“Where am I going to hide 20 students?” she remembers asking her husband when she cleaned out the room last summer.
She has since reorganized her cabinets so that they can be hidden behind and cleaned out closets to create potential hiding places.
The day of the shooting
It was late on the morning of May 24, 2022, when Mata was told that both Tess’ school, Robb Elementary, and then her own were on lockdown. In and of itself, that wasn’t terribly alarming; schools often took such action, she said, in response to frequent police chases involving people trying to illegally cross the Texas-Mexico border just an hour away.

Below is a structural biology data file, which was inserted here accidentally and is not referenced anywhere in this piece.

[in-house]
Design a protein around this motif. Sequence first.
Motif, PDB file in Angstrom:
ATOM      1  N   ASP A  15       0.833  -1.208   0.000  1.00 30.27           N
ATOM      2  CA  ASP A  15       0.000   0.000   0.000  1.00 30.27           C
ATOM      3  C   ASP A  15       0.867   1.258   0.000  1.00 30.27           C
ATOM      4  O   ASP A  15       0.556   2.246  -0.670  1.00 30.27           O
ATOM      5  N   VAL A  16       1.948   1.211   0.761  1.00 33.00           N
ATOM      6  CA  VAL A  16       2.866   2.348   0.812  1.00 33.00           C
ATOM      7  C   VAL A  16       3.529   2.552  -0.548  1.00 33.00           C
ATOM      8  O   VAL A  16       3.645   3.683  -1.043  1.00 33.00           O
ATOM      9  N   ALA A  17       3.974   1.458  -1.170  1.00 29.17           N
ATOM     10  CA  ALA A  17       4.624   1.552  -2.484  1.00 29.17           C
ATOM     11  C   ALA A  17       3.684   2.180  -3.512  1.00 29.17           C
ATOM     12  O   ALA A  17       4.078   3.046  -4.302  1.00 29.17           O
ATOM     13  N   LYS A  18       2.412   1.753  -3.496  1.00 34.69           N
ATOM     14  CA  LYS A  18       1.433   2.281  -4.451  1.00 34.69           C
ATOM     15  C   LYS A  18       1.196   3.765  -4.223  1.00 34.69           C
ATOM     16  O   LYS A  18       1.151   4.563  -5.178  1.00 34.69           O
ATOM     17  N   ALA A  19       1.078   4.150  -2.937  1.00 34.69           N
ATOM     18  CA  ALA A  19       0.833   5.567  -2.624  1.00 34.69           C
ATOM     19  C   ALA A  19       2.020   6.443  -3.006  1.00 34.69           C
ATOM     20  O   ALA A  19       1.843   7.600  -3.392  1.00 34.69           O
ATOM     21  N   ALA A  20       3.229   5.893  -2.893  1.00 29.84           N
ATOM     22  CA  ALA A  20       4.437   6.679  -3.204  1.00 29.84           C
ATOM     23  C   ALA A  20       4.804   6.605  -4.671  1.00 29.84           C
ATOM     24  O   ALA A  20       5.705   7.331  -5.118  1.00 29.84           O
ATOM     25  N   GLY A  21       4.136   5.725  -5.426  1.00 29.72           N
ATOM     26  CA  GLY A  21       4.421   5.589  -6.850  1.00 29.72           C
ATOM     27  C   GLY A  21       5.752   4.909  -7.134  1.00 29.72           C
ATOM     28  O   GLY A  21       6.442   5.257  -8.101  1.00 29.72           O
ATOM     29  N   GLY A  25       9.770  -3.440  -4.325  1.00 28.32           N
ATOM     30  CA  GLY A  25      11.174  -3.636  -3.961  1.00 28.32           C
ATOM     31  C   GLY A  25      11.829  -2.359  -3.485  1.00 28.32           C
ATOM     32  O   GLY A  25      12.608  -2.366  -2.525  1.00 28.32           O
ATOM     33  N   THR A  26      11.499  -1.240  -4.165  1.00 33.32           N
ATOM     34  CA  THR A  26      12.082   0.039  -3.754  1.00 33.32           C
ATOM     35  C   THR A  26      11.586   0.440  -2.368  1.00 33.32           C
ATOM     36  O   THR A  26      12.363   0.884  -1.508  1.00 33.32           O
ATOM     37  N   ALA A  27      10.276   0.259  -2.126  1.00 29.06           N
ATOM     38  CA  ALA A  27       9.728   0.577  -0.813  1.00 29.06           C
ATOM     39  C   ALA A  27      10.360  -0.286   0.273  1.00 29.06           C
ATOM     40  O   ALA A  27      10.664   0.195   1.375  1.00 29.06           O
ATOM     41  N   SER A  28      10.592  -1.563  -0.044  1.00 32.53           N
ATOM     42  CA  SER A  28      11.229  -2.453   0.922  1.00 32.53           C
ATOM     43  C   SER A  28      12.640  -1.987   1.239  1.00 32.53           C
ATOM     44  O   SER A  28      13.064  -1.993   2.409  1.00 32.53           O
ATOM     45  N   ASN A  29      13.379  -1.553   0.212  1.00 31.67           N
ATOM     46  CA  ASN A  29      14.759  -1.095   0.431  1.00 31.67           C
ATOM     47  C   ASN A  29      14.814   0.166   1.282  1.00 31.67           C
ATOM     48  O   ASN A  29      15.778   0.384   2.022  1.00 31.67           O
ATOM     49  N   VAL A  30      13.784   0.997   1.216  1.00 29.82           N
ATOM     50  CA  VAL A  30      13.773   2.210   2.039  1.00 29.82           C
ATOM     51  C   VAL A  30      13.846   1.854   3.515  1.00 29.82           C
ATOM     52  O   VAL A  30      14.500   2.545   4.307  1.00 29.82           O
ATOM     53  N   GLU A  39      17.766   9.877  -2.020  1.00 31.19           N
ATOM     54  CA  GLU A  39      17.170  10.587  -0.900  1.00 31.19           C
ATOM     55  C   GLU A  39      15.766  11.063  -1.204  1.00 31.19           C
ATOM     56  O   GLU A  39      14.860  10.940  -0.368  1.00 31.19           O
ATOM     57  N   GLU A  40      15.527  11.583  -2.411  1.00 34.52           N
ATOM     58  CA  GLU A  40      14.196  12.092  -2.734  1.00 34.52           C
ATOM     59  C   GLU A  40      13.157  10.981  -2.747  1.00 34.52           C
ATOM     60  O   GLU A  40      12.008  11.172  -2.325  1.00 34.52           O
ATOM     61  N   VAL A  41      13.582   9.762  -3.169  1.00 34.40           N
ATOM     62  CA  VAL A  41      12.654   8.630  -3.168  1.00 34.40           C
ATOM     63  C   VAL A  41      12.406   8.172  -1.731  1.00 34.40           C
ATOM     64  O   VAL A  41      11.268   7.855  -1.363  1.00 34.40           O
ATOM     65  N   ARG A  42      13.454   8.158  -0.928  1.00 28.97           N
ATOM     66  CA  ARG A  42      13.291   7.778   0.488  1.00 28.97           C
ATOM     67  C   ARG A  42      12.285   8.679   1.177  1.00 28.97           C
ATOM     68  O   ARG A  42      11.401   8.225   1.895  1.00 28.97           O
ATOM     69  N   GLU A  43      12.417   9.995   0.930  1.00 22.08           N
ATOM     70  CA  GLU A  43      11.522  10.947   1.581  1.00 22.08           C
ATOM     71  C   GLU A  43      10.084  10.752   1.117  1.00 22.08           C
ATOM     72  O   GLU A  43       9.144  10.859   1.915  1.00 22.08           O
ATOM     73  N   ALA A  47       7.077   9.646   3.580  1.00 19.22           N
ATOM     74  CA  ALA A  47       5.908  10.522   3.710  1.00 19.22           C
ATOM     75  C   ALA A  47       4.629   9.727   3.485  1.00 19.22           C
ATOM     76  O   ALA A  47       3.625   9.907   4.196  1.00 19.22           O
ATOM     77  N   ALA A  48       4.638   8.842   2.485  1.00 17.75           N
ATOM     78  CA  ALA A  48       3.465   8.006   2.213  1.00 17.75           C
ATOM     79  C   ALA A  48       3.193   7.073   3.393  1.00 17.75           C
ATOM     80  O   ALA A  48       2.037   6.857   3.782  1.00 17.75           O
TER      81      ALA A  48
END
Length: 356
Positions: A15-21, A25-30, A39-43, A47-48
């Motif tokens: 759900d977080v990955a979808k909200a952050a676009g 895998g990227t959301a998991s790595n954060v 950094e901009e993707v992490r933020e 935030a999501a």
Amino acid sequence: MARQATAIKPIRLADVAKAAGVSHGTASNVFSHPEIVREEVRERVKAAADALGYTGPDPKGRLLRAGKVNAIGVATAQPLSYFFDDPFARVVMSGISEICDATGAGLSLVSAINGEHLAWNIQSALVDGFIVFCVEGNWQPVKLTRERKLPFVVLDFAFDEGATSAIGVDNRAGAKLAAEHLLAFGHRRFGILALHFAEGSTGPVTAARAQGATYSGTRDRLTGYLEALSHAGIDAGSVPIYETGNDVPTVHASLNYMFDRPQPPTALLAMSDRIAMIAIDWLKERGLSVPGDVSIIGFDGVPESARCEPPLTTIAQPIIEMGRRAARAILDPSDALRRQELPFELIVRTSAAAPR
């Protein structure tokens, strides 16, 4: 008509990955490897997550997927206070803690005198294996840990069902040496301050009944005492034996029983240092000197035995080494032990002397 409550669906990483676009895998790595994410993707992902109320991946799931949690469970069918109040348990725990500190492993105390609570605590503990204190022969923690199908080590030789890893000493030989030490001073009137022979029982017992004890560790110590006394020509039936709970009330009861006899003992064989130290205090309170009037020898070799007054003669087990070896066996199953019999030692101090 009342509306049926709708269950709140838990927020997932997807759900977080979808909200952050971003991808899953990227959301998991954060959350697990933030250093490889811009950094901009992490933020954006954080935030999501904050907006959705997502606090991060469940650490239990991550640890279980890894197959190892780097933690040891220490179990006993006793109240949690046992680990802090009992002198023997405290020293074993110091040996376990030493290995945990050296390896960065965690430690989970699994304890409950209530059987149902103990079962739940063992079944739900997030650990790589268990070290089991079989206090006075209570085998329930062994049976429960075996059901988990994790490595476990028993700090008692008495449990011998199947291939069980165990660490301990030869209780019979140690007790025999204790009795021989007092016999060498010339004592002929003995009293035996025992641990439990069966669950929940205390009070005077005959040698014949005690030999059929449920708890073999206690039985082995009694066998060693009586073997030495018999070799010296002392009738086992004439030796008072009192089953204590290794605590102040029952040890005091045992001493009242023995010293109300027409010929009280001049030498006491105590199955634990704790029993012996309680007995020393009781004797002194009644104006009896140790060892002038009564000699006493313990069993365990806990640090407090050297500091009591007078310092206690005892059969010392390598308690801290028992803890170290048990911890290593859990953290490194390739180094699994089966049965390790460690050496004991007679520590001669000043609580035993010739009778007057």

But when other teachers began receiving calls that there was a shooter inside Robb, her heart began to hammer in her chest. She called her husband, Jerry, who was already driving toward the school, and stayed on the phone with him as he moved onto streets overflowing with police and first responders.
Then, she heard gunfire. The shots, her husband told her, had come from the side of the building housing their daughter’s fourth-grade wing. He said he had to go and hung up. Mata tried contacting Tess’ teachers, who were usually quick to respond to texts and emails. No answer.
After getting permission from her own principal to leave, Mata raced to the town’s Civic Center, where buses were dropping off Robb students, and anxiously eyed a list of classrooms that had been safely evacuated. Tess’ was not one of them.